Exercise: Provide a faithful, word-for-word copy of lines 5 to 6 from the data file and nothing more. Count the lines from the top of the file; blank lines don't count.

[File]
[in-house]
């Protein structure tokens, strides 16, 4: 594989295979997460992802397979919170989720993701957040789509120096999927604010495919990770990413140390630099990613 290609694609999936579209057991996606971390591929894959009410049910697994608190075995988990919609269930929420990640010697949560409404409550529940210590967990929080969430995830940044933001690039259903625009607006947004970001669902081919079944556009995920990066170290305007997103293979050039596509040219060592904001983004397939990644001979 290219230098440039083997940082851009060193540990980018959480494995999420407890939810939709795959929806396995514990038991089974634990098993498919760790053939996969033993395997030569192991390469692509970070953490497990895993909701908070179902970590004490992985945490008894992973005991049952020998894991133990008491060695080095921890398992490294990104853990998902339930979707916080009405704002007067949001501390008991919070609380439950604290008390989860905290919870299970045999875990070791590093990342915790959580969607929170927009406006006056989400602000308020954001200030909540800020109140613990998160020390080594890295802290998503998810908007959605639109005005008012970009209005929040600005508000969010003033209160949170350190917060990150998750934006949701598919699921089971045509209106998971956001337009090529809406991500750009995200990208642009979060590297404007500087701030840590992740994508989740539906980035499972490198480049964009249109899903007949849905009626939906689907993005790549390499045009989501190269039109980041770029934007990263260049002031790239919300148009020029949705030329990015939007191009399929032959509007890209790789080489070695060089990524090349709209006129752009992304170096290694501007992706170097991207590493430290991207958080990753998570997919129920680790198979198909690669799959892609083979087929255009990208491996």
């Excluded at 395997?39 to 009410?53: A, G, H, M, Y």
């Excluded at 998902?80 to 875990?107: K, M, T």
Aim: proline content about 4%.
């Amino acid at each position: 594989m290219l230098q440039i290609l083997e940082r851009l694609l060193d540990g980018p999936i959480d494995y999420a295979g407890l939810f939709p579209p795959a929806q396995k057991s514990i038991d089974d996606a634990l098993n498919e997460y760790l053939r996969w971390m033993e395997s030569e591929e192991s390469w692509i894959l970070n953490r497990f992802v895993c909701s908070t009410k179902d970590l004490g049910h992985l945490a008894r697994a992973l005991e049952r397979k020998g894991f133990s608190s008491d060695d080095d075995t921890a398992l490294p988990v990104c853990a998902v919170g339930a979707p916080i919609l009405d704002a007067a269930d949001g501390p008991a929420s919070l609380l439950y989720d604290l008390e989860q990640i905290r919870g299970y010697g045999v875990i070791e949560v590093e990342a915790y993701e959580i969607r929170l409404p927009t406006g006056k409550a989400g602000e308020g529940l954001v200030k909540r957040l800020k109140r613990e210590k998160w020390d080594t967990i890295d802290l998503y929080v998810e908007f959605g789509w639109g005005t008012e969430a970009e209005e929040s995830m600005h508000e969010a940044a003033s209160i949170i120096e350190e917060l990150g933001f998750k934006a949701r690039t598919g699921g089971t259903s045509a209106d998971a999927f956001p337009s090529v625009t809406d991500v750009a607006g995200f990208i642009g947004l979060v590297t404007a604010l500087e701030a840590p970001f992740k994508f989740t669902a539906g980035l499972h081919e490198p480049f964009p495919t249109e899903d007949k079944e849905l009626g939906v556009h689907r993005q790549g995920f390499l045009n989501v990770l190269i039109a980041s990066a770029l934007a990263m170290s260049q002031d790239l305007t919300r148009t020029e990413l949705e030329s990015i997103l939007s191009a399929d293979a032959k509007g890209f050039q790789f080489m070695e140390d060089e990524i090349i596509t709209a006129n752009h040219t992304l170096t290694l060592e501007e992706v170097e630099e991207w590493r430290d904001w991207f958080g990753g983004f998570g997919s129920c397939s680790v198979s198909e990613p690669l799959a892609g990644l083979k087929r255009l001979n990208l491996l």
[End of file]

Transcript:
Aim: proline content about 4%.
């Amino acid at each position: 594989m290219l230098q440039i290609l083997e940082r851009l694609l060193d540990g980018p999936i959480d494995y999420a295979g407890l939810f939709p579209p795959a929806q396995k057991s514990i038991d089974d996606a634990l098993n498919e997460y760790l053939r996969w971390m033993e395997s030569e591929e192991s390469w692509i894959l970070n953490r497990f992802v895993c909701s908070t009410k179902d970590l004490g049910h992985l945490a008894r697994a992973l005991e049952r397979k020998g894991f133990s608190s008491d060695d080095d075995t921890a398992l490294p988990v990104c853990a998902v919170g339930a979707p916080i919609l009405d704002a007067a269930d949001g501390p008991a929420s919070l609380l439950y989720d604290l008390e989860q990640i905290r919870g299970y010697g045999v875990i070791e949560v590093e990342a915790y993701e959580i969607r929170l409404p927009t406006g006056k409550a989400g602000e308020g529940l954001v200030k909540r957040l800020k109140r613990e210590k998160w020390d080594t967990i890295d802290l998503y929080v998810e908007f959605g789509w639109g005005t008012e969430a970009e209005e929040s995830m600005h508000e969010a940044a003033s209160i949170i120096e350190e917060l990150g933001f998750k934006a949701r690039t598919g699921g089971t259903s045509a209106d998971a999927f956001p337009s090529v625009t809406d991500v750009a607006g995200f990208i642009g947004l979060v590297t404007a604010l500087e701030a840590p970001f992740k994508f989740t669902a539906g980035l499972h081919e490198p480049f964009p495919t249109e899903d007949k079944e849905l009626g939906v556009h689907r993005q790549g995920f390499l045009n989501v990770l190269i039109a980041s990066a770029l934007a990263m170290s260049q002031d790239l305007t919300r148009t020029e990413l949705e030329s990015i997103l939007s191009a399929d293979a032959k509007g890209f050039q790789f080489m070695e140390d060089e990524i090349i596509t709209a006129n752009h040219t992304l170096t290694l060592e501007e992706v170097e630099e991207w590493r430290d904001w991207f958080g990753g983004f998570g997919s129920c397939s680790v198979s198909e990613p690669l799959a892609g990644l083979k087929r255009l001979n990208l491996l």